I fondly remember fighting with my sister when we were children for the imli candies that our father brought almost every week from a local store. The tangy taste of that brownish pulp would be the ultimate treat for my taste buds, to an extent that I even hid them to savour those last few remaining candies. From my all-time favourite snack of papdi chaat with extra tamarind sauce to the perfectly tart sambhar that my aunt would make, I only grew fonder of this lip-smacking ingredient and was in awe of the many ways it could be used to cook dishes.
Said to be originated in the regions of Africa, this fruit has gained unprecedented popularity in different global cuisines. From Mexican food to Malaysian and Thai cooking, its versatility has crossed all boundaries. It’s good for you too! This prized condiment is a rich source of anti-oxidants and minerals. It also has a long history of medicinal uses. Many involve easing stomach discomfort, aiding digestion and many other common diseases.
Tamarind, off the tree, has a hard shell covering soft meat with big black seeds. In order to use it, you need to first crack open and discard the hard shell, then simmer the meat in hot water for around five minutes. Remove from the flame, and allow it to cook slightly. Then, mash the pulp and sieve it roughly with your hands to remove the seeds. The resulting pulp can be used to make tangy imli candies, chutneys, and delicious Thai foods like Pad Thai.
To get tamarind water, soak tamarind pods in warm water for at least fifteen minutes. After they soften, crush the pods and extract the pulp. Pour more water on the remaining pod, crush and extract the pulp again. If you find the pod to be still pulpy, you can add a little more water and extract the juice again. Mix all the extracts and add more water to dilute it to a juice-like consistency. Strain this water, and the resulting liquid is called tamarind water, often known as imli ka pani in Hindi and puli thanni in Tamil. This water is used in many recipes like sambhar, chutneys, rasam etc.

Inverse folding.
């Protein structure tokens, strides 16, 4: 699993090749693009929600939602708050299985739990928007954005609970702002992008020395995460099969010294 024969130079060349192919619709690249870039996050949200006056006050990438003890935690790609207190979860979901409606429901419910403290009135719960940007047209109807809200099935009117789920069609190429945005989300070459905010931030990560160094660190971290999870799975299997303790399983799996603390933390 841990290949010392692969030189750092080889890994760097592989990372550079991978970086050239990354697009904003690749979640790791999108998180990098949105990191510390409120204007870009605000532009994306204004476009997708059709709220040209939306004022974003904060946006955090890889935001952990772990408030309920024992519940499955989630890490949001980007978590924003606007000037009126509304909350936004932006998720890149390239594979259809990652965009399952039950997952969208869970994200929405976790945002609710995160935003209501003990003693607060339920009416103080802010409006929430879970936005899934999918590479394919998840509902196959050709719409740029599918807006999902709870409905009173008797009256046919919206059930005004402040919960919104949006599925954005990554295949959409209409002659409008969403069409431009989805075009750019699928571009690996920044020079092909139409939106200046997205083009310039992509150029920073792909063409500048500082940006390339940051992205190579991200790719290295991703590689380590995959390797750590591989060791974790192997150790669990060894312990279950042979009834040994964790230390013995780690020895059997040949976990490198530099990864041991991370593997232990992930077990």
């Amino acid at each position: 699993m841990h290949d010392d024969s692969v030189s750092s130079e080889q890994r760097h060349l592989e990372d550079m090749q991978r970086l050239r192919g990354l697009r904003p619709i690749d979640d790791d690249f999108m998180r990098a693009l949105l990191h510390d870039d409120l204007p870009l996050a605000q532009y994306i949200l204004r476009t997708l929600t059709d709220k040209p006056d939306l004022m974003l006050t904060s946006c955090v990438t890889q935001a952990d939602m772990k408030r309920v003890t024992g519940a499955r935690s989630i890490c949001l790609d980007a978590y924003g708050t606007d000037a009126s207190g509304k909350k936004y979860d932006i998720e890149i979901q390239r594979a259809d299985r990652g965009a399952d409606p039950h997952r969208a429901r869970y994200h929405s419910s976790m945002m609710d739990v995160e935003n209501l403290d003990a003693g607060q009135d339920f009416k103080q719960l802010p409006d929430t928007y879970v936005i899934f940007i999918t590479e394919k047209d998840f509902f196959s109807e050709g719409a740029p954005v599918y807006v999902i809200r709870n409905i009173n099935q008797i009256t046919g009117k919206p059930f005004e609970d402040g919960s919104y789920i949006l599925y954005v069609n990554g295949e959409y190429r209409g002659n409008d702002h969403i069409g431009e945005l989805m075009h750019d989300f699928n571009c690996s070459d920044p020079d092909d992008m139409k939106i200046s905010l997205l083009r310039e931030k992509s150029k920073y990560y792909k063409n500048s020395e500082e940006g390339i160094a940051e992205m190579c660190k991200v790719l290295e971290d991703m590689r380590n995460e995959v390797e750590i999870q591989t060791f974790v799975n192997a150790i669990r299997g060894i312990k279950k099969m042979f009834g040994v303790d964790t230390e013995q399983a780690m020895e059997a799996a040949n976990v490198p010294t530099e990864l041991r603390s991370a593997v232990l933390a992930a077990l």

This fruit has a distinctly sour flavour that intensifies the colour of the dish while adding acidity and sweetness. From all-time favourite street foods like Chaat Papri that are incomplete without its tang to different marinades, reduction sauces, Goan Curries and soups, the list is never ending.
Chefs nowadays are using it to flavour different dishes like salsas, jams and sorbets. It is used as a substitute for balsamic vinegar to make salads or as a barbecue sauce it makes for the perfect glaze on ribs, meats and chicken. Even as summer thirst quencher, it’s the basis for a chilled glass of jaljeera or the famous imli ka sharbat.
We have compiled 10 easy recipes that use tamarind to get you started and explore the myriad uses of this fruit in everyday dishes :
Gol gappas are undoubtedly the crowning glory when it comes to street food. The concoction of crunchy fritters with a filling of chickpeas and spiced potatoes, and topped with tamarind chutney and mint-flavoured water is hard to resist. Known as paani puri is Maharashtra or puchkas in Bengal, you can also make them at home.
Coastal flavours have the potential to rejuvenate our senses and so does this dish. The sweet flavour of tender coconut along with roasted spices is liked by even the choosiest eaters. Accompanied by some boiled rice and it makes for a perfect meal for your family.
Goans are known for their famous Vind Aloo that has found many modern adaptations now. It is a delicious curry made with tomato puree, along with spices such as fenugreek and red chillies. The addition of tamarind to the gravy lends it character and makes it an absolute treat.
Another South Indian delicacy that is smooth and delicate with some coconut milk and South Indian Spices, mainly mustard and curry leaves. Made slightly sour with some tamarind pulp, it’s ideal for the Indian palette.
Raj Kachori is a spicy chaat bowl packed with delicious condiments. It has refreshing flavours and makes for a unique food experience. Its filling is made from chickpeas, bhallas, and sweet yoghurt. Moreover, how would it taste the same without the imli ki chutney?